The statistics, as saddening as they are, may serve as catalyst for transformation. Thrailkill expresses a hope that “the enforced empathy of COVID times ─ along with the devastating accountings of death of staff and workers in skilled nursing facilities ─ might lead to transformations in how we look at, and look after, the elderly and frail in our prosperous nation.”

“What it means to be old”

The essay contains 49 citations and quotes from people who have written about old age, cared for aging family members, provided medical care and observed firsthand the ravages of COVID-19.

The pandemic, Thrailkill writes, “provides a massive test case for the ontological uncertainty of what it means to be old” and has drawn a clearer starting point of old age. With decades of governmental definitions of old age such as legal mandates or social security and stereotypes of the elderly as nonproductive and innactive members of society, the pandemic exacerbated thinking of the elderly as expendable, vulnerable and commoditized.”

With occasional humor, the essay offers insights from Thrailkill’s life and others, centering on how stay-at-home orders have given most of us a taste of life in nursing homes, where isolation increases loneliness, boredom and hopelessness ─ three “plagues” that have solidified in “the popular mind with being elderly.”

“The pandemic is like a lamp, illuminating this experience, which is existential. In this weird way, I feel like COVID time is making us all into philosophers, if we’re paying attention to the precarity of our existence and the extent to which we are interdependent on people we don’t normally see. Grocery workers and people in nursing homes and prisons,” Thrailkill said.

Re-imagining eldercare

Now is the time to re-imagine eldercare, Thrailkill writes, to improve conditions for residents and workers in congregate settings.

Until society reintroduces the concept of old age to include dignity, wisdom and cultural richness, then “we are all diminished if the elders among us are shelved,” she said. “Until we get those kinds of qualitative, nonfinancial, nonnumerical elements back into our social structure, older adults will be expendable in the sense that they are interchangeable.”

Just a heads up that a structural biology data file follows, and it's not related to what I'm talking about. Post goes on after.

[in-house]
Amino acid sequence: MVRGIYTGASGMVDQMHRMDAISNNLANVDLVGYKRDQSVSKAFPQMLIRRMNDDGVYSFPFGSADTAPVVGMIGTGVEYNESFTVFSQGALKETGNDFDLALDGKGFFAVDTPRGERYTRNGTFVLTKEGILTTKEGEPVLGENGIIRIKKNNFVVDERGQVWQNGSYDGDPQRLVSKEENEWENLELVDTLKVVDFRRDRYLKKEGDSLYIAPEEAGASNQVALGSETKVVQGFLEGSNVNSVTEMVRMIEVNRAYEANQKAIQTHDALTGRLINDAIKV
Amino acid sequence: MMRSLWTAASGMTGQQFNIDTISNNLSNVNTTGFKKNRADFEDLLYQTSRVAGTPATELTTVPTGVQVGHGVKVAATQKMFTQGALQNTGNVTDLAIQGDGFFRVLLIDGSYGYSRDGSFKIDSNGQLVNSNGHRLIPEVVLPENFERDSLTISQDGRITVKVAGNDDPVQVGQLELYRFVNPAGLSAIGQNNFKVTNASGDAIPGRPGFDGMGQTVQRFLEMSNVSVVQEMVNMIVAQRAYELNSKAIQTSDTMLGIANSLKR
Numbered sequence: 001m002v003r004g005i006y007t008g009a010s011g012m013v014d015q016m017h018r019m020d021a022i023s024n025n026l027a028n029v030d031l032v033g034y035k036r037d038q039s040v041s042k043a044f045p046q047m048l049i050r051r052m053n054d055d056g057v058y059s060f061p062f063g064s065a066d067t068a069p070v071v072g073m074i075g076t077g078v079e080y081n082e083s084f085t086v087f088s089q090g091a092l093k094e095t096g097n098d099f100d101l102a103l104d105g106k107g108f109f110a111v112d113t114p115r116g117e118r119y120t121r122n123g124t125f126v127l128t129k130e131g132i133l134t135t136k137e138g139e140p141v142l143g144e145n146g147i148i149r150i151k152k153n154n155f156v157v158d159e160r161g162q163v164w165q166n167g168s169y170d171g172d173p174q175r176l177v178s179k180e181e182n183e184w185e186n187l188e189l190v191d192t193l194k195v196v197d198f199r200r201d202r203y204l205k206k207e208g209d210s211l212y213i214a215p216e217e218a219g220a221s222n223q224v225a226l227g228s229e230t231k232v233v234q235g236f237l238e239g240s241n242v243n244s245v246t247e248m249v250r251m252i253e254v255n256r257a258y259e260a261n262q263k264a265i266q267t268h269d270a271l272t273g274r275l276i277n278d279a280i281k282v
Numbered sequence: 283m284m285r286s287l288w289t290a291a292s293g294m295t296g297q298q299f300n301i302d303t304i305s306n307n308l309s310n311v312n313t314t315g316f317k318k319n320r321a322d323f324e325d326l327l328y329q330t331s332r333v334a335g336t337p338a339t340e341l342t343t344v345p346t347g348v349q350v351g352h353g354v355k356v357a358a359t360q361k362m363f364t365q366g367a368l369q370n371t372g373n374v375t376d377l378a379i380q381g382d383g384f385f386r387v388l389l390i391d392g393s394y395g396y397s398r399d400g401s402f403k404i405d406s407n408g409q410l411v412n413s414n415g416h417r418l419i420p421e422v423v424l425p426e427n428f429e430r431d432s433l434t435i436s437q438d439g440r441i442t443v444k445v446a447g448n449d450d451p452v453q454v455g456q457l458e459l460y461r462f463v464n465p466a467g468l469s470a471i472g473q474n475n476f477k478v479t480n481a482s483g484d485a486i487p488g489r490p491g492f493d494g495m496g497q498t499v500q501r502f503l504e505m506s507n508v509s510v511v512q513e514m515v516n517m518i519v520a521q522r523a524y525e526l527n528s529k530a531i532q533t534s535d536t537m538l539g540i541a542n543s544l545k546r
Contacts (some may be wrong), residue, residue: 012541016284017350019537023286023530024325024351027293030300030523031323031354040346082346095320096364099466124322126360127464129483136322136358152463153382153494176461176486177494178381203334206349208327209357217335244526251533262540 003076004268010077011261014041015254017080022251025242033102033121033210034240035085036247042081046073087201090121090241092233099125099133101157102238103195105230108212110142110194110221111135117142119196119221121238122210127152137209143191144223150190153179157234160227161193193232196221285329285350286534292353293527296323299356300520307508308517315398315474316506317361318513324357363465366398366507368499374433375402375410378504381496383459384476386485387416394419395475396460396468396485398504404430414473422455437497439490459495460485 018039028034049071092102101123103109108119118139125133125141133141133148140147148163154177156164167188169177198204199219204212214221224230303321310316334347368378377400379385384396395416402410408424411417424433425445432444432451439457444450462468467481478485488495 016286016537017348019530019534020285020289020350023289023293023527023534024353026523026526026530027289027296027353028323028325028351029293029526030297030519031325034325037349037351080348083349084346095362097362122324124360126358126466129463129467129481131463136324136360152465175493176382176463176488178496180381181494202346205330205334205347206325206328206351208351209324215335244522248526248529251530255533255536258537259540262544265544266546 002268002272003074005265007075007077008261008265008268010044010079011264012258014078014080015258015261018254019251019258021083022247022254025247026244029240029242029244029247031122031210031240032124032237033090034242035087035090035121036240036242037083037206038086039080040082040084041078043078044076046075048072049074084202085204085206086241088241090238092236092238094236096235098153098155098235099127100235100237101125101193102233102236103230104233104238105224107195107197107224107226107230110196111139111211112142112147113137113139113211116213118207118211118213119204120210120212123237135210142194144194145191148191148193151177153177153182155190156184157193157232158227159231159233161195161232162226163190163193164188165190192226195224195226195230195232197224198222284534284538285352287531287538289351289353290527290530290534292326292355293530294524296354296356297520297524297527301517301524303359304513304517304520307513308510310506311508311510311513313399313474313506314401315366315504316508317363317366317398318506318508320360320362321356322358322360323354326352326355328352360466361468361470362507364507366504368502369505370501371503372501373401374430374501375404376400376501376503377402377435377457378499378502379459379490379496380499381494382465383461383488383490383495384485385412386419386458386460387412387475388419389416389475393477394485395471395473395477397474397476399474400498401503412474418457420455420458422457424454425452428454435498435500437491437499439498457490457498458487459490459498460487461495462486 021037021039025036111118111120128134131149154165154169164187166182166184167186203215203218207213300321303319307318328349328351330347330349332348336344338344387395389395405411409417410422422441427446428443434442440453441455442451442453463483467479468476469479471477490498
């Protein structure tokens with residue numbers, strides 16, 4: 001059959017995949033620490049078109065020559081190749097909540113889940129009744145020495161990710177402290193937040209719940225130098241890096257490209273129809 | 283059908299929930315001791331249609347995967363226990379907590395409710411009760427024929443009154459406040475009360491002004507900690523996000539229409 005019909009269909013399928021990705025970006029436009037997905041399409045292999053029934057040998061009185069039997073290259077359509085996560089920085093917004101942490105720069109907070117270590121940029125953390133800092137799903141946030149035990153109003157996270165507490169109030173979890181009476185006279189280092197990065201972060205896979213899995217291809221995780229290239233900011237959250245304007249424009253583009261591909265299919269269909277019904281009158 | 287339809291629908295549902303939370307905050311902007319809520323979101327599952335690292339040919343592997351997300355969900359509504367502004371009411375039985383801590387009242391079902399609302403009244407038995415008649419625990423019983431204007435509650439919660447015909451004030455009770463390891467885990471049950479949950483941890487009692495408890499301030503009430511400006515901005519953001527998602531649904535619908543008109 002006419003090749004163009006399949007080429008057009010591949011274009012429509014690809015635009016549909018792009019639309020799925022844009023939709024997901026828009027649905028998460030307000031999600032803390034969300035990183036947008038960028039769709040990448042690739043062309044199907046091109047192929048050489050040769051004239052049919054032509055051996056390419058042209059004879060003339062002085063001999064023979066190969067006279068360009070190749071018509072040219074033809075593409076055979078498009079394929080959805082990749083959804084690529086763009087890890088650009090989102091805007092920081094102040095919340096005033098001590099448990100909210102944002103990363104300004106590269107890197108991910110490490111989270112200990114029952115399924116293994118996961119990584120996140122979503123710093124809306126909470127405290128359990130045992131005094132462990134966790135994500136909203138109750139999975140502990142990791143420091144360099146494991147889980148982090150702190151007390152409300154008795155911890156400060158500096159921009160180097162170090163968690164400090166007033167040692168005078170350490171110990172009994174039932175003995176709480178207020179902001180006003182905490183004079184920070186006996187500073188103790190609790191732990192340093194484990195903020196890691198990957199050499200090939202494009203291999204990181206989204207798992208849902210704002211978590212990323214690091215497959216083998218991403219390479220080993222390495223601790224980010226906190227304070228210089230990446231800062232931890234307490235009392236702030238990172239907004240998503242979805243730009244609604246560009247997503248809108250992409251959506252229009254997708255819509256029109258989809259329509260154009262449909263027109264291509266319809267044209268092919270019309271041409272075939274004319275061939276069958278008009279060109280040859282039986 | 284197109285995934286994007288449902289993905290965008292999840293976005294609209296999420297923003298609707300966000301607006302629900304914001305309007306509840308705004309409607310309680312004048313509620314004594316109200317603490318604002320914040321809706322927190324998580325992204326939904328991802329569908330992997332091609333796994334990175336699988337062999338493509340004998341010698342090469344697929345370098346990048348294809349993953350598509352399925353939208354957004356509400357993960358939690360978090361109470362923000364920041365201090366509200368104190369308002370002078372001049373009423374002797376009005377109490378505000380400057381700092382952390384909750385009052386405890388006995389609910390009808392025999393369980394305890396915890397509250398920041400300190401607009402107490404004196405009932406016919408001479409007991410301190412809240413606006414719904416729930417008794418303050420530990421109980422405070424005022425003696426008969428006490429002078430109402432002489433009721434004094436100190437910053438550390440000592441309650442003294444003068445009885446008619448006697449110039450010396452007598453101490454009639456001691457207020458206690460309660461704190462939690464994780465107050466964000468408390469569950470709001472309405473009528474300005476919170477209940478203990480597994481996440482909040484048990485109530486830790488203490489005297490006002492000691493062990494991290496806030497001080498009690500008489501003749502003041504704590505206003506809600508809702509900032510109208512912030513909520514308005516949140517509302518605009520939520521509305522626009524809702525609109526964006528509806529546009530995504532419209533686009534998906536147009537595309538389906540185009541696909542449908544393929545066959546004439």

As a Baby Boomer, Thrailkill has some possible solutions on her mind for improving life in old age:

  • co-housing, combined with a nurse’s care;
  • routine discussions between older adults, their adult children and health care providers;
  • opportunities to be and feel useful through activities such as garden work, cooking and animal care;
  • less-restrictive laws and regulations on programs that offer meaning and purpose;
  • more programs to address spiritual, emotional and existential needs of older adults;
  • improved institutional food; and
  • a federal commission on aging with purpose and dignity.

Thrailkill teaches the analytical methods of health humanities to undergraduates and medical students, seeking creative solutions to healthcare problems. A humanistic perspective, she said, has benefits that extend beyond the medical context. Thinking about old age in the time of COVID-19 can reframe all our lives.

Lacking purpose can be an existential disaster, she said. “We’re apparently the richest country in the world, so why don’t we try to imagine the meaningfulness of older age?”


By Scott Jared, The Well